Has equality lost to equity?
One could, and many likely do, easily assume that the promotion of equity, which is commonplace across multiple institutions, ensures America's lifelong pledge of equality under the law. However, one would be mistaken. Equity, as defined by the Marxist left, purposely rejects and seeks to eliminate our nation's bedrock principle of equality under the law. Rather than being judged on merit, equity demands that individuals become nameless, faceless members of predetermined identity groups.
To quote Race Marxism author James Lindsay, equity arose from what is known as "social equity theory," an attempt to engineer equality of outcome. Moreover, where equality means that John and James are treated equally under the law, equity means "synthetically" rectifying these disparities in the form of preferential hiring, purging standardized tests, and even openly discriminating against "dominant" groups. In order for the equity agenda to materialize, some identity groups, often described as "marginalized groups," are to be provided privileges in order to ameliorate irregularity due to historical and modern circumstances. Moreover, Lindsay states, "Equity is, in some sense, a perpetual demand for more reparation, either in opportunities, power, or direct payments, none of which will ever be good enough. So Equity understood Critically is a clumsy tool for a power grab."
Equity is chiefly concerned with positions of influence that reflect power with the intent to re-engineer the structures of society. Equity is intended to cure "perceived power dynamics," which are said to be solely responsible for all disparities within society. According to Lindsay:
All imbalances of representation in desirable areas of work are held to be caused by these perceived power dynamics. Equity is the intended remedy to this problem, and it is made applicable only (and especially) to positions of status and influence. For example, there is no equity program that attempts to increase the number of female sanitation workers, though there are equity programs that seek to increase the number of female doctors and politicians, and these endure even in high-status positions that employ more women than men. Of particular concern are positions that have influence where power is concerned, including in terms of shaping the discourses of society.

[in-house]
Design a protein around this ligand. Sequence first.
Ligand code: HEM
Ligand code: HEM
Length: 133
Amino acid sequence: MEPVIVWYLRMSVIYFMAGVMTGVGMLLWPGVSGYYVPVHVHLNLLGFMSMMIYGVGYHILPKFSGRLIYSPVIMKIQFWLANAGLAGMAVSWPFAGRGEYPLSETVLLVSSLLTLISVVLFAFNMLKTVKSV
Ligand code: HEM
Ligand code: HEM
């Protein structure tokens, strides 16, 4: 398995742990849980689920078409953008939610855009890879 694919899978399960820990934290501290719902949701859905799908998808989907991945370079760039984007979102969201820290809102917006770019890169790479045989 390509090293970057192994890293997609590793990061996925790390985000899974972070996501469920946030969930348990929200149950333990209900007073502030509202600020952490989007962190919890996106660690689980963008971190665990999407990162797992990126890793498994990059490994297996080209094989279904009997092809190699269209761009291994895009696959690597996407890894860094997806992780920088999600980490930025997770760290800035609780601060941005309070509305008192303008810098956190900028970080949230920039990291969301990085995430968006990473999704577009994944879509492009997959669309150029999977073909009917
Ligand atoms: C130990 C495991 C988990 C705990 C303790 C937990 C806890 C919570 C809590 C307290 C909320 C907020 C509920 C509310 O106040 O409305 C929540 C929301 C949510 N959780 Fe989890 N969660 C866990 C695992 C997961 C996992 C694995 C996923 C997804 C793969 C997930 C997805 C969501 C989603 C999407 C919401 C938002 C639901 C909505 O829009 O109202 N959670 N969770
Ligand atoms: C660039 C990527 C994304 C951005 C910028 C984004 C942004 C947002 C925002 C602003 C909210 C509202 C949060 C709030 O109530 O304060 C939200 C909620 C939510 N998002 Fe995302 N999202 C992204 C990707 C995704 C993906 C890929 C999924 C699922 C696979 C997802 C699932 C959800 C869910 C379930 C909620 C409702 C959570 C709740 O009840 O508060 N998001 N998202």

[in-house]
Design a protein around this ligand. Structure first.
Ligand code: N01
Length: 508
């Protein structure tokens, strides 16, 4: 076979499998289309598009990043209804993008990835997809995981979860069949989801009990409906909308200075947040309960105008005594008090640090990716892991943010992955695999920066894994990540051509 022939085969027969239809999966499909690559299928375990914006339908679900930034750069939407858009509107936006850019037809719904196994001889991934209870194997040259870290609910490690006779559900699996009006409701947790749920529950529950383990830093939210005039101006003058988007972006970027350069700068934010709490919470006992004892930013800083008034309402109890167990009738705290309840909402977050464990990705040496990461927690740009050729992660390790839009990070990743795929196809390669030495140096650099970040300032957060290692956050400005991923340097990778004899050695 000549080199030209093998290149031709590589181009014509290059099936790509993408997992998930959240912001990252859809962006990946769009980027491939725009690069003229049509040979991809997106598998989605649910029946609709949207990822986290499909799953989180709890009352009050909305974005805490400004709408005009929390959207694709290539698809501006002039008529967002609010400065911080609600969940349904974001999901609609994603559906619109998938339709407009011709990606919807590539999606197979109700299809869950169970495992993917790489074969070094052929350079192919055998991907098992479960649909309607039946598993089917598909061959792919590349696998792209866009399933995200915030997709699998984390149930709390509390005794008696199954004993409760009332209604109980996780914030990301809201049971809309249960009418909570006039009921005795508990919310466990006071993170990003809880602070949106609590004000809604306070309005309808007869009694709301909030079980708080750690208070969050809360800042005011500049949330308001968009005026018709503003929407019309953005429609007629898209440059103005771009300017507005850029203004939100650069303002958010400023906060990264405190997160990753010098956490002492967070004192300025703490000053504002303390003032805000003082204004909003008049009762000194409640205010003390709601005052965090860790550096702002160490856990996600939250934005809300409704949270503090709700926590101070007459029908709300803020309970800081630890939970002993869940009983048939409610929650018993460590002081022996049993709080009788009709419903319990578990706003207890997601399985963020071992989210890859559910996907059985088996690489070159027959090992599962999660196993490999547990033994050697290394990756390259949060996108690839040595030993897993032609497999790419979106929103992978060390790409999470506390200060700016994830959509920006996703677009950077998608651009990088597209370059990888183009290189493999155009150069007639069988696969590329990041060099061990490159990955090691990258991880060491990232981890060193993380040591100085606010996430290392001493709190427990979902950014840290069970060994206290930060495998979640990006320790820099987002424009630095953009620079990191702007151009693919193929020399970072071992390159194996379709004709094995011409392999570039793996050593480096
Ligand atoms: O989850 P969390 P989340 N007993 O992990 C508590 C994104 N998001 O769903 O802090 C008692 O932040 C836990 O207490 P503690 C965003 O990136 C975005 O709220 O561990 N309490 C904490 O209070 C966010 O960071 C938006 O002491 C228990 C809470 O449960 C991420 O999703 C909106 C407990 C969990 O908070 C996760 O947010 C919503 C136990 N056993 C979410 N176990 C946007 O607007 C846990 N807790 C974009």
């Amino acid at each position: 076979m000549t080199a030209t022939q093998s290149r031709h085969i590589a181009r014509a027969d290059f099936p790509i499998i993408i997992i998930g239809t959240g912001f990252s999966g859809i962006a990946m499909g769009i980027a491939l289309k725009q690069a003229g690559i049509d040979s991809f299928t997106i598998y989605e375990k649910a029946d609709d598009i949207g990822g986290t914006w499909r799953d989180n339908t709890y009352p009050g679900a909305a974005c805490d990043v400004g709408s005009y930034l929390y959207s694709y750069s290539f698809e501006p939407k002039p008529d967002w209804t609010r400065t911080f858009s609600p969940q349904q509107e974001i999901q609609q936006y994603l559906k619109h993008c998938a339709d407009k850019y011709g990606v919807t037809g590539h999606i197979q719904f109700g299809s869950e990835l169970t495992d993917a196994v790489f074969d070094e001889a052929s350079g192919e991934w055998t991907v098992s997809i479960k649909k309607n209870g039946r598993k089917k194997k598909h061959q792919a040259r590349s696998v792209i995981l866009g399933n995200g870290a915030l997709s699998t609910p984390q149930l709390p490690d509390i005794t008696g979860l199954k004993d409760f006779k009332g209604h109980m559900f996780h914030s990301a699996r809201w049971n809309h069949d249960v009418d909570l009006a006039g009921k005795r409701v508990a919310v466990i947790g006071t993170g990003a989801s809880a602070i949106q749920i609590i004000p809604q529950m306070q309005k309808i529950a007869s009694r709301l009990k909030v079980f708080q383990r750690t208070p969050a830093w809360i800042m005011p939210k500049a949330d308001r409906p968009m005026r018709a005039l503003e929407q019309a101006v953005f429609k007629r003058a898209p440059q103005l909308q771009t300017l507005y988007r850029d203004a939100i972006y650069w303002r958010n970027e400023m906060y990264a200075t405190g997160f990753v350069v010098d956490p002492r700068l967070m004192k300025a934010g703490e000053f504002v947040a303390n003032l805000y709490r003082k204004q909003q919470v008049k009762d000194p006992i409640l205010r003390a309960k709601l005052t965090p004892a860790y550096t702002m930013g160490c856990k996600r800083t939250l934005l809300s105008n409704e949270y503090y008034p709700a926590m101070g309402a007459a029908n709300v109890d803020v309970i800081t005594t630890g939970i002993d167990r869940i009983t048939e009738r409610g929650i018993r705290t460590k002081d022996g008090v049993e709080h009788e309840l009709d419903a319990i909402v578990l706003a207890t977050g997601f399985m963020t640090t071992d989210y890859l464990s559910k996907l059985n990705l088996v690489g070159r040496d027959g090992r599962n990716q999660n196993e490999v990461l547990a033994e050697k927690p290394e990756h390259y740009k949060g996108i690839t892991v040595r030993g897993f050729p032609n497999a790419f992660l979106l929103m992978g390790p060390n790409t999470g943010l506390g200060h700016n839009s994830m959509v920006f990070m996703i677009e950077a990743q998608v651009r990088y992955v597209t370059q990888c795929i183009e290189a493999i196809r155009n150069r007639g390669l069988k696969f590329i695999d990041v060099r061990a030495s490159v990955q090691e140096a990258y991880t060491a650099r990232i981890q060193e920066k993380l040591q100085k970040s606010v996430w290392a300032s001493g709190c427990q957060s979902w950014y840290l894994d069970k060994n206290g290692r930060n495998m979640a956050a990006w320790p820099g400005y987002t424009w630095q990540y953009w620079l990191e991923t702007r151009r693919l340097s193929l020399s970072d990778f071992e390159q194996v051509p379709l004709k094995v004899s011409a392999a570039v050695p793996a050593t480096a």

Correspondingly, to the great pleasure of the Marxist left, any equitable agenda implementation would fall to an all-power federal leviathan — an intrusive, unelected bureaucracy. Only a bloated government, and increasingly powerful three-letter agencies, could compel an equity agenda suitable for all constituents. By this reveal, equity would appear to take the shape of socialism.
Ibram X. Kendi, director of the Center for Antiracist Research at Boston University, lays out in How to Be an Antiracist the need for discrimination to ensure equity: "The defining question is whether the discrimination is creating equity or inequity. If discrimination is creating equity, then it is antiracist. If discrimination is creating inequity, then it is racist." To his credit, Kendi is unabashedly saying the "quiet part out loud," admitting that equity requires discrimination, relying on the use of identity-based quotas and aggressive social manufacturing. This notion that discrimination is a requirement to ensure equity has become universally accepted.
It is worth mentioning that the idea of "economic class," which Victor Davis Hanson has mentioned countless times, is absent from any discussion pertaining to equity. As a fictional example, Jon Jones is an African-American male, currently enrolled at Harvard Law School, whose parents are both prestigious doctors. On the other hand, Jon Johnson, a Caucasian male from rural West Virginia, withdrew from high school at the tender age of fourteen in order to care for his infant sister, Sarah, after their mother passed away from a heroin overdose. Johnson never met his father. Honest reporting from an economic or class interpretation would suggest that if we sought to make Jones and Johnson "equal," we would have to provide Johnson "privileges." However, within the social justice paradigm, we are to redistribute shares to correct for "groups" (not "individuals") who have been discriminated against due to race, sex, or sexuality. As such, according to the law of "equity," Jones would receive special accommodations, not Johnson.
According to WSJ contributor Tunku Varadarajan, "equality has lost to equity."
J.B. Cohle is a graduate student.